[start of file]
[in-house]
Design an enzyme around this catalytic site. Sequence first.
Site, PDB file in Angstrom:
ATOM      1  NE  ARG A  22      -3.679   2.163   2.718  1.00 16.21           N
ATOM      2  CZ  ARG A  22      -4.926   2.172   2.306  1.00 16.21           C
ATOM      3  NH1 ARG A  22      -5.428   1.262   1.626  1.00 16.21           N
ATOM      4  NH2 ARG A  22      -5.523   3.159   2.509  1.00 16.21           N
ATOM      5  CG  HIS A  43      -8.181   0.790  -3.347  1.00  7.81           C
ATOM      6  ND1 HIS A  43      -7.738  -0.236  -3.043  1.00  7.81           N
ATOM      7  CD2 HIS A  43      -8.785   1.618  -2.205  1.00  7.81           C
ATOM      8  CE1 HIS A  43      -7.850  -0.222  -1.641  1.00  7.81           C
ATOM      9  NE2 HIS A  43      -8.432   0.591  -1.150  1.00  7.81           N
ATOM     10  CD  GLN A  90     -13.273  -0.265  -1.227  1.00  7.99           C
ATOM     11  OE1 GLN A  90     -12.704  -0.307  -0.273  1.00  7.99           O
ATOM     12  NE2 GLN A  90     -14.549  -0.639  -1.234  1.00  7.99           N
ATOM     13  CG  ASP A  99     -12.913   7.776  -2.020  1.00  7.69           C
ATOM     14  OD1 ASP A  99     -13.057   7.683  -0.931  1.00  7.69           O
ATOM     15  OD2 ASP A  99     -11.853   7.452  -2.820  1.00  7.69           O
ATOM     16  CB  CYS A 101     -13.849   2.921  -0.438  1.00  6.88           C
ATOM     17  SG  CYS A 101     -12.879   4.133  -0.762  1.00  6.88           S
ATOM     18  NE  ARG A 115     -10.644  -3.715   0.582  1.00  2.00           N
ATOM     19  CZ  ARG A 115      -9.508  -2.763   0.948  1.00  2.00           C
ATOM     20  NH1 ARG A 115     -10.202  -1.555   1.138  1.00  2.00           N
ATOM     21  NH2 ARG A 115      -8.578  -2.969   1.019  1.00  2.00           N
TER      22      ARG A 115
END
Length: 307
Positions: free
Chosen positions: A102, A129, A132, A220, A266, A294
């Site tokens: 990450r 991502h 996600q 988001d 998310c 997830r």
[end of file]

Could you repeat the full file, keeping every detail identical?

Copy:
[in-house]
Design an enzyme around this catalytic site. Sequence first.
Site, PDB file in Angstrom:
ATOM      1  NE  ARG A  22      -3.679   2.163   2.718  1.00 16.21           N
ATOM      2  CZ  ARG A  22      -4.926   2.172   2.306  1.00 16.21           C
ATOM      3  NH1 ARG A  22      -5.428   1.262   1.626  1.00 16.21           N
ATOM      4  NH2 ARG A  22      -5.523   3.159   2.509  1.00 16.21           N
ATOM      5  CG  HIS A  43      -8.181   0.790  -3.347  1.00  7.81           C
ATOM      6  ND1 HIS A  43      -7.738  -0.236  -3.043  1.00  7.81           N
ATOM      7  CD2 HIS A  43      -8.785   1.618  -2.205  1.00  7.81           C
ATOM      8  CE1 HIS A  43      -7.850  -0.222  -1.641  1.00  7.81           C
ATOM      9  NE2 HIS A  43      -8.432   0.591  -1.150  1.00  7.81           N
ATOM     10  CD  GLN A  90     -13.273  -0.265  -1.227  1.00  7.99           C
ATOM     11  OE1 GLN A  90     -12.704  -0.307  -0.273  1.00  7.99           O
ATOM     12  NE2 GLN A  90     -14.549  -0.639  -1.234  1.00  7.99           N
ATOM     13  CG  ASP A  99     -12.913   7.776  -2.020  1.00  7.69           C
ATOM     14  OD1 ASP A  99     -13.057   7.683  -0.931  1.00  7.69           O
ATOM     15  OD2 ASP A  99     -11.853   7.452  -2.820  1.00  7.69           O
ATOM     16  CB  CYS A 101     -13.849   2.921  -0.438  1.00  6.88           C
ATOM     17  SG  CYS A 101     -12.879   4.133  -0.762  1.00  6.88           S
ATOM     18  NE  ARG A 115     -10.644  -3.715   0.582  1.00  2.00           N
ATOM     19  CZ  ARG A 115      -9.508  -2.763   0.948  1.00  2.00           C
ATOM     20  NH1 ARG A 115     -10.202  -1.555   1.138  1.00  2.00           N
ATOM     21  NH2 ARG A 115      -8.578  -2.969   1.019  1.00  2.00           N
TER      22      ARG A 115
END
Length: 307
Positions: free
Chosen positions: A102, A129, A132, A220, A266, A294
């Site tokens: 990450r 991502h 996600q 988001d 998310c 997830r």